Carol Burnett Explains How Close She Came to Being Shut Out of Her Legendary Career by Men

On Monday night, comedy queen Carol Burnett appeared on Conan where host Conan O’Brien asked her how things have changed for women in the industry since she came up. Boy, does she have a story.


Burnett explains how “back in the covered wagon days” things were very different; she’d been given a contract for a show with CBS and the rules of the contract stated that once she decided to “hit the button,” the studio was obligated to make 30 episodes. Burnett says she waited almost a decade before kicking off what would be The Carol Burnett Show, and by that time, the studio execs had basically forgotten about it. They weren’t happy.

“When I said ‘I want to do that show,’” Burnett described, “They said, ‘Well, Carol, you know, comedy and variety is a man’s game. It’s Jackie Gleason, it’s Sid Caesar, now there’s Dean Martin.’ The vice president that I was talking to said ‘You know, Carol, it’s not for you gals. But we have this great sitcom we’d love you to do called Here’s Agnes.’”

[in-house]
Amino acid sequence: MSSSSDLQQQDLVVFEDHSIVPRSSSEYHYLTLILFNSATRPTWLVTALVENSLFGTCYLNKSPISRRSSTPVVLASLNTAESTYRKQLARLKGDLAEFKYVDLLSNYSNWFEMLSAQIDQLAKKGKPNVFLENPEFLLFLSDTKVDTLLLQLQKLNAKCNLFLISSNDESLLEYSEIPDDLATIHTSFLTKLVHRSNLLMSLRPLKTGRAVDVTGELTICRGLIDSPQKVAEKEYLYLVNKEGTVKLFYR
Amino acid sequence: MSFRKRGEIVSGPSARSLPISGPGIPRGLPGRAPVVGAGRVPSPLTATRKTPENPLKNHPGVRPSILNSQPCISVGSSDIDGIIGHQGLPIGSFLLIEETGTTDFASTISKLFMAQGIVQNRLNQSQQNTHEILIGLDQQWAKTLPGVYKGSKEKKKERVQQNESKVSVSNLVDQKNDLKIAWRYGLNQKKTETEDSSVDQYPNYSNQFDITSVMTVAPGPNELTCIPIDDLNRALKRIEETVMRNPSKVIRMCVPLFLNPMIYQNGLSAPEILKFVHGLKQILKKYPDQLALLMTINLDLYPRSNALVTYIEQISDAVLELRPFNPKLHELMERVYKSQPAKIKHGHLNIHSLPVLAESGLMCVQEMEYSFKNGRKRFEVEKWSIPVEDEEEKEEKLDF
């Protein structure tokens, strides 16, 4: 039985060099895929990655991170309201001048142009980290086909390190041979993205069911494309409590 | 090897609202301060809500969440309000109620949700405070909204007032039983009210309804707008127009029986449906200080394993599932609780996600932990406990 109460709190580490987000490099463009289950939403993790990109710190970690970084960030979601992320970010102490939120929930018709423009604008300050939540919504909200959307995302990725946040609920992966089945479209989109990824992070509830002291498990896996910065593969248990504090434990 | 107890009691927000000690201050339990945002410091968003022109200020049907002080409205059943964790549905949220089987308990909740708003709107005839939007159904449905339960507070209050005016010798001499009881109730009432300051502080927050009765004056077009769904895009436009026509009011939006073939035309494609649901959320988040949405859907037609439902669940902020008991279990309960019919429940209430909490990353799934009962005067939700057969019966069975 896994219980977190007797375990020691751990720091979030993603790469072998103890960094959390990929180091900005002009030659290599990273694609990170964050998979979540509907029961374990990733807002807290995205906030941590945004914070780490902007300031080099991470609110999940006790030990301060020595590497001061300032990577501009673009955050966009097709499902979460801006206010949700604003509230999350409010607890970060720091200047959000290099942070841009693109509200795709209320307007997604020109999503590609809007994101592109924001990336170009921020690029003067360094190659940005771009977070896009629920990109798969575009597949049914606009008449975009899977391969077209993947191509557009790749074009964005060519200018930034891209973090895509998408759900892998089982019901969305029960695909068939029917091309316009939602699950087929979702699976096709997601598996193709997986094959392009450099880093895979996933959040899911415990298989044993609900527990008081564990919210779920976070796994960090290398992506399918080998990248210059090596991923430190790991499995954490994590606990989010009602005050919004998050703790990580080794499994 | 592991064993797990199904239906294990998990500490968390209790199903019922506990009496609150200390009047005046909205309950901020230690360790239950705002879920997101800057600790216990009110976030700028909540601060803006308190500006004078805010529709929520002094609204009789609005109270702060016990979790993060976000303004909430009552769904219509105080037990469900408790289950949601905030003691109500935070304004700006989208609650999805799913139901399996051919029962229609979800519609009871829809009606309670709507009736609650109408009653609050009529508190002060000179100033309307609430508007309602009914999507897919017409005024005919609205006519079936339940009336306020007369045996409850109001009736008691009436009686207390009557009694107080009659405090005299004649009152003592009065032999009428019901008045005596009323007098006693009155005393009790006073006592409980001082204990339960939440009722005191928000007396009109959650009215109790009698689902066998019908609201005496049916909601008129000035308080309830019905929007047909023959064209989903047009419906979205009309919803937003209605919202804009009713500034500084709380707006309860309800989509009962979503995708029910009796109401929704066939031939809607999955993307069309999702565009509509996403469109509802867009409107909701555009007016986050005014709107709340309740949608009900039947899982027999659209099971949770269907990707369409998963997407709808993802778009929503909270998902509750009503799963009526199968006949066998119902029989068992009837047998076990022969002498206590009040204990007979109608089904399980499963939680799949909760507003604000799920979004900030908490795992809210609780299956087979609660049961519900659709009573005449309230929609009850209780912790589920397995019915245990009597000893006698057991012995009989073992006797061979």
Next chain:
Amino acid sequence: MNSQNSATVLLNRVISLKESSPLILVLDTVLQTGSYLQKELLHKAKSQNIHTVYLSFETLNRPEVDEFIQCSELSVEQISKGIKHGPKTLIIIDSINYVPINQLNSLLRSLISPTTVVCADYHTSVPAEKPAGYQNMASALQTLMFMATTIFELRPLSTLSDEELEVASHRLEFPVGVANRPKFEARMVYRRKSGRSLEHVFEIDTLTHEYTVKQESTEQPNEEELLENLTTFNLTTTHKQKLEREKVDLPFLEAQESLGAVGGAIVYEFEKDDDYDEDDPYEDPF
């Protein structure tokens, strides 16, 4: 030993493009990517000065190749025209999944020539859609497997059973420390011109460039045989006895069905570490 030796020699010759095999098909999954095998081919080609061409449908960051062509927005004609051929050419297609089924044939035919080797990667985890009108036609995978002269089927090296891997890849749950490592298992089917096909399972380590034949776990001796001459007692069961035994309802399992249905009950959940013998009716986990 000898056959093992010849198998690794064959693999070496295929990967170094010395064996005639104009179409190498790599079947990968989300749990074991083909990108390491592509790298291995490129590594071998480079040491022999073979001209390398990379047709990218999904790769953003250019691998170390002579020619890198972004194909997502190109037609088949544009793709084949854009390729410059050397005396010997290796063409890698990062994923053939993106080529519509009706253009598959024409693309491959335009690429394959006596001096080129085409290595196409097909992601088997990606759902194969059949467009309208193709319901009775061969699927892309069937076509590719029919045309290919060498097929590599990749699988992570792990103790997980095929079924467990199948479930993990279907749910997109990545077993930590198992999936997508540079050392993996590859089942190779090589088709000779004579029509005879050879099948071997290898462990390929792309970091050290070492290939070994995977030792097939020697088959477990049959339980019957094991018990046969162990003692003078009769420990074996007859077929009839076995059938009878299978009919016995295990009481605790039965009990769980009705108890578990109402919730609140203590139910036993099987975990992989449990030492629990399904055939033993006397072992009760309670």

Burnett and O’Brien laugh for awhile before Burnett says she refused, telling CBS, “I don’t want to be the same character every week.”

O’Brien responds, “I think what’s amazing in the climate we’re in now — and this is the way things should be — if someone said ‘No, comedy is not for you gals,’ I mean, that would be a 100 billion dollar lawsuit just him saying that.”

“I kind of understood it,” Burnett replies. “Because that’s where I was raised, thinking that. But that’s not what I wanted to do. And if I hadn’t had that contract I wouldn’t be sitting here now.”

But we would have Here’s Agnes.

Contributing Writer, writing my first book for the Dial Press called The Lonely Hunter, follow me on Twitter @alutkin

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